- Secular growth in Campbell Soup's products is driving the top line, which in turn fuels our BUY thesis.
- April sales are exceptionally strong - and it's not only about the soup.
- Online presence remains key, nearly entirely offsetting the decline of the offline sales.
We are ready to admit when we were wrong: our Neutral thesis was too conservative and we should have upgraded Campbell Soup (NYSE:CPB) back in 2019. The company is currently approximately 15% from its 52-week high, which is relatively in line with the S&P 500 index. At present, we see clear tailwinds that should allow CPB shares to reclaim the 52-week high of ~$58 in the near term and possibly go beyond.
About the Company:
Campbell Soup (CPB) is a food company, which manufactures and markets food products, with its core segments divided into Americas Simple Meals and Beverages (includes retail and food service channel businesses, such as Campbell's condensed and ready-to-serve soups; Swanson broth and stocks; Prego pasta sauces; and Pace Mexican sauces) and Global Biscuits and Snacks (includes Pepperidge Farm cookies, crackers, bakery and frozen products, and Arnott's biscuits.).
We now see a valuation multiple of 21x as appropriate for 2020 earnings: it consists of 17x for the average industry comps and about 4x for the beverage premium and its margins. When we apply this multiple to our EPS estimate of $2.76 (up from $2.55), we reach a target price of $58 (up from $48). Our rating is Neutral.
Why We Are Now Bullish:
Bottom line leads the way: What’s interesting about the Campbell story is that improvements began 1) before coronavirus started; 2) they were initially bottom line-driven, as some SG&A transformations have taken place around the company. In other words, the setup was already strong for even more tailwinds that unexpectedly took place.
Secular growth in demand for soup products: Both US and international demand expanded with the lockdowns, with China leading the way since January. We estimate incremental demand increase anywhere between 3-6% during the first quarter, beginning in Asia, continuing in February in Europe, and finally hitting the North America region in March. Campbell Soup has been a clear winner as the virus spread across core geographies, with some of its products being among the first ones consumers chose to hoard.
April sales are exceptionally strong - and it's not only about the soup: As of April 19, the latest IRI data indicates that for the four-week period preceding it (capturing late March as well, to be exact) Meals & Beverages segment grew 34%, while Snacks business grew 16% Y/Y. Within Brands, growth was particularly strong with Prego pasta sauce (up 49% Y/Y) and Pepperidge Farms cookies (up 28% Y/Y). Campbell's condensed soup saw an increase of 5.2 MM customers (new households) and Campbell's Chunky soup rose by 4.6 MM customers.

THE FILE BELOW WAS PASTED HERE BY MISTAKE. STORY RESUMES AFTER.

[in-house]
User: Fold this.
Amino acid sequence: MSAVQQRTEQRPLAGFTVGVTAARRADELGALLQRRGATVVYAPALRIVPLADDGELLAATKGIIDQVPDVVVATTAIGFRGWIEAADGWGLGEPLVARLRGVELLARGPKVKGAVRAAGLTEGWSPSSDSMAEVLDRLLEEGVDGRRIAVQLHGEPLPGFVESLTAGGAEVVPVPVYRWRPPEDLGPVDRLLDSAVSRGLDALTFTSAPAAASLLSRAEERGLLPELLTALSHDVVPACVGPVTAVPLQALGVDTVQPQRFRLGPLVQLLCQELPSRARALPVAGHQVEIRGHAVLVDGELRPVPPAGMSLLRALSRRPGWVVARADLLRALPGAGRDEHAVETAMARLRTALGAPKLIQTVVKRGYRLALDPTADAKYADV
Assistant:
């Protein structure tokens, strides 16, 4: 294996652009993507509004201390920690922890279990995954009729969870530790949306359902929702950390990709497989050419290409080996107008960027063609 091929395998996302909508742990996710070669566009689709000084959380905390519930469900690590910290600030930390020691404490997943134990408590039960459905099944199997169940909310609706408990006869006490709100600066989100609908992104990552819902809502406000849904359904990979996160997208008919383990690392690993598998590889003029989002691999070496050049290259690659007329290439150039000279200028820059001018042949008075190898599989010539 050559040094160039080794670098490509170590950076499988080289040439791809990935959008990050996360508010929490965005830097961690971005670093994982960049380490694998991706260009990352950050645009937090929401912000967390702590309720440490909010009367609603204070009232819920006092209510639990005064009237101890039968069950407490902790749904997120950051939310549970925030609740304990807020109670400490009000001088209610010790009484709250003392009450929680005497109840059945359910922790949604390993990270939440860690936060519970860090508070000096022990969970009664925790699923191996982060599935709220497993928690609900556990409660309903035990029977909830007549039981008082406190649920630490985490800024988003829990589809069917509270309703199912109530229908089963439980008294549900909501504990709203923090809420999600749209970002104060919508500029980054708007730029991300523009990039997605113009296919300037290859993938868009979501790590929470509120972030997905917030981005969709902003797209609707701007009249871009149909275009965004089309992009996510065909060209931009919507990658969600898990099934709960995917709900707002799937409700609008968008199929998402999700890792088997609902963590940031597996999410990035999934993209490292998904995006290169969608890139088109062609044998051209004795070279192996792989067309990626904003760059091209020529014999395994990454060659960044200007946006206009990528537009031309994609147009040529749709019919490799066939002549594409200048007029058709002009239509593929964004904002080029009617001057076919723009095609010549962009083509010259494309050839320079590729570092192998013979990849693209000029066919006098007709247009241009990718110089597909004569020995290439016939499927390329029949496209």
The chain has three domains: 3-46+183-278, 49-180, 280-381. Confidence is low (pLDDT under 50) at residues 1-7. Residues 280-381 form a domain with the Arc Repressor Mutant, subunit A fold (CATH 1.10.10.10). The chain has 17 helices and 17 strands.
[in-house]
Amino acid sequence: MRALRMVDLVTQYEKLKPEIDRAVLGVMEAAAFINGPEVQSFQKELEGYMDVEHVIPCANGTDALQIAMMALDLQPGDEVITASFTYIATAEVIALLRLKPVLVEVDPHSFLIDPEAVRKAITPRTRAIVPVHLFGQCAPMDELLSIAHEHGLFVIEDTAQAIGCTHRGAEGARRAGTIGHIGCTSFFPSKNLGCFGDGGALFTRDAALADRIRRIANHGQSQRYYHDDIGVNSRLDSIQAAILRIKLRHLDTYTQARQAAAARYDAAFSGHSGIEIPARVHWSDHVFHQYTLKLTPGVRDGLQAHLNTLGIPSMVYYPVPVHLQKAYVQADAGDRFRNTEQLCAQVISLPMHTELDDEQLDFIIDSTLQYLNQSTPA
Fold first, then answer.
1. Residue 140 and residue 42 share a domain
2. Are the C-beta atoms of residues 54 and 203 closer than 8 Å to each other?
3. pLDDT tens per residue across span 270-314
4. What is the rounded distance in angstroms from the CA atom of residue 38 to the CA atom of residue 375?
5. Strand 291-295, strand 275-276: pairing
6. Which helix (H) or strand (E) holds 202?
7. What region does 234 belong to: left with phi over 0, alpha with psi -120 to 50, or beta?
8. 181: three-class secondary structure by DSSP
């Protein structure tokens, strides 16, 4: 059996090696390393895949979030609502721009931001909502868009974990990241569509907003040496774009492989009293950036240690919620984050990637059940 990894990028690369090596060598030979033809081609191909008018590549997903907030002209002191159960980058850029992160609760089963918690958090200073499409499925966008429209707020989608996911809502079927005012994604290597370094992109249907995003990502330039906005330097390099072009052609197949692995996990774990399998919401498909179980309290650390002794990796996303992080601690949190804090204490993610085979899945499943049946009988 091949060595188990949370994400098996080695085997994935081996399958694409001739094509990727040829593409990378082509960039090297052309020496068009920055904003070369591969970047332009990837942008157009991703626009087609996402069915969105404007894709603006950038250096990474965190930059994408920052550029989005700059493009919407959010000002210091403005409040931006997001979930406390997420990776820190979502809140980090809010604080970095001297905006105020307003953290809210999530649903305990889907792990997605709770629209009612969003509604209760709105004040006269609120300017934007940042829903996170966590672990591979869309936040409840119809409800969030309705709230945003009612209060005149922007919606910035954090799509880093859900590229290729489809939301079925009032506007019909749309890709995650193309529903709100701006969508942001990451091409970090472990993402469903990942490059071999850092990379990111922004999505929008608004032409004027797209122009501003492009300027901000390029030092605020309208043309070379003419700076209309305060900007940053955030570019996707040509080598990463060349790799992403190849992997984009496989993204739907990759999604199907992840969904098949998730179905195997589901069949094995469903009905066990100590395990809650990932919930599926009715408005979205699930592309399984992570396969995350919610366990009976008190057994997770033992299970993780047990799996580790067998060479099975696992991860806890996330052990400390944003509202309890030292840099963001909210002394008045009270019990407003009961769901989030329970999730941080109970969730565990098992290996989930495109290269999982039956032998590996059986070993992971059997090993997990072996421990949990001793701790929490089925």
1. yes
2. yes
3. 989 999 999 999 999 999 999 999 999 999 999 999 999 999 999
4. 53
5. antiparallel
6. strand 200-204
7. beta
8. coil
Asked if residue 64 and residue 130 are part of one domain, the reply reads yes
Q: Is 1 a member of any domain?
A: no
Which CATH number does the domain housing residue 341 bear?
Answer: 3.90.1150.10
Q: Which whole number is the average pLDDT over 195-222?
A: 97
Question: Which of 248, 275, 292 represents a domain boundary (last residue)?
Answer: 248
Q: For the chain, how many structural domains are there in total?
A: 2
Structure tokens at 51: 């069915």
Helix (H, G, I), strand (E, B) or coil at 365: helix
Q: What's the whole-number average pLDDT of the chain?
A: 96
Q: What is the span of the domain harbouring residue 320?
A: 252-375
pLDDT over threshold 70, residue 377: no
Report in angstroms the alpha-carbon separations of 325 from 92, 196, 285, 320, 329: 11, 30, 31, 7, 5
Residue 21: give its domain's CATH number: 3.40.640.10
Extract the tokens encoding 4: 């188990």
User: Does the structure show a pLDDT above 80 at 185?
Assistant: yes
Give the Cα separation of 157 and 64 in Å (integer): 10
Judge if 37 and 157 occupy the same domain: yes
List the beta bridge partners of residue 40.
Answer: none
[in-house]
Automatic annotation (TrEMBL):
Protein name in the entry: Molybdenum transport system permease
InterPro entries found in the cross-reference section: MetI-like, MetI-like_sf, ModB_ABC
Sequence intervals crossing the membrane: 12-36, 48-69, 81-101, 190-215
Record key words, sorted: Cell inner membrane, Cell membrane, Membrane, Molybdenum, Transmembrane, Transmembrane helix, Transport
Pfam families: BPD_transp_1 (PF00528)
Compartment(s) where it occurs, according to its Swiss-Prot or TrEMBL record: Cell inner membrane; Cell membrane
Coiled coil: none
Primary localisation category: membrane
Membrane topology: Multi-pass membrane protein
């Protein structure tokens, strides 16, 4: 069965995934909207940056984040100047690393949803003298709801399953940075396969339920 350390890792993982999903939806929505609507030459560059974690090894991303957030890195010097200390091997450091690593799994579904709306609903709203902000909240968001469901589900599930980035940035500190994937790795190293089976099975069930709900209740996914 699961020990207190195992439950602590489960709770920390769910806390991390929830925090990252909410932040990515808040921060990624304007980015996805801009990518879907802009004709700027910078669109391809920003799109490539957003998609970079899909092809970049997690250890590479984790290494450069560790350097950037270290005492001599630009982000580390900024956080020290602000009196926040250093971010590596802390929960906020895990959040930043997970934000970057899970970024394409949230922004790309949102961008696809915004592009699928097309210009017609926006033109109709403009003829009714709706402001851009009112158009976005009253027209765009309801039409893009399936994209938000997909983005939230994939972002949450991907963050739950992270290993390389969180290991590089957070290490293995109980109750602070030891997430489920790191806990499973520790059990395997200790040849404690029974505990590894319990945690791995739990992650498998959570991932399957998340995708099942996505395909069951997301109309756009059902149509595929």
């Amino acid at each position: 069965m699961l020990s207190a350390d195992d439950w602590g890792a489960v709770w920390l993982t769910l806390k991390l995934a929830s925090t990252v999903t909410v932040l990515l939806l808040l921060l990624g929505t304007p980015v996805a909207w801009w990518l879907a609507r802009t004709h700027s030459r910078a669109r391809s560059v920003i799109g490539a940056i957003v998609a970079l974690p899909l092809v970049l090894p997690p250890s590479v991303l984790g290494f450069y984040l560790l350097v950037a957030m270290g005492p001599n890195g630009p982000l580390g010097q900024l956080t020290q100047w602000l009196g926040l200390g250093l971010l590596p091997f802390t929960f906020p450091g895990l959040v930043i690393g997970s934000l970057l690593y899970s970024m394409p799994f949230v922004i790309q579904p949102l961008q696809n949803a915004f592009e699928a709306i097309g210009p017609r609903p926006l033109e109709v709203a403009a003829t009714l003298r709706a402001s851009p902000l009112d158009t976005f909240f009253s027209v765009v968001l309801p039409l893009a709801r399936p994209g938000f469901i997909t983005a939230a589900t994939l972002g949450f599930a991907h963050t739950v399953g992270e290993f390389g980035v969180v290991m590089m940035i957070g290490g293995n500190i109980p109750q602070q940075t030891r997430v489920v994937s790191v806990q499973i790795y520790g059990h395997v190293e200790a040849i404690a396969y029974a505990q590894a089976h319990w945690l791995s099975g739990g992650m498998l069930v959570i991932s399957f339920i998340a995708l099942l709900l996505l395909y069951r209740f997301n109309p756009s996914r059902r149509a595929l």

Snacks segment remains a bright spot: Organic sales for this business rose 3% Y/Y recently, with nearly all brands exhibiting positive growth and incremental marketing no longer necessary to boost sales.
Acute need for labor force: The employment situation at Campbell Soup is very different from what we find around the country. In fact, management noted in its April 28 release that it is extending premium payments to some 11K front-line employees. We expect new hiring to take place and be announced over the course of the next several weeks.
V8 softness no longer an issue: Suddenly some issues that were areas of concern in the past no longer appear menacing to the top line. For instance, softness around the V8 product, which troubled us earlier with 30 bps in annual softness and 5-10 bps of margin squeeze, is no longer a problem for the overall CPB model.
Online presence remains key: We note that the online presence for the company remains solid and we do not see the need for further upgrades at this time. Further, we don't see the necessity in extra marketing spend on the SG&A side to boost IT spending. We believe that the company's current success would not be possible without robust online presence and the smoothness of its offline-to-online transition. In fact, CPB is one of the few companies where lost offline sales have been entirely offset by a strong online increase, on the net leading to incremental growth across the board.
Risks to Our Thesis:
- Reputation risks, since any cases of food poisoning or recall could undermine the company’s brand.
- Macro risks, since most Campbell Soup's products are not items of immediate need for consumption, there is always a risk that people cut back when economic times are tough.
- Country-specific regulation: every country is different in terms of food safety practices they have, which often results in extra red tape and incremental costs to the producers.
This article was written by
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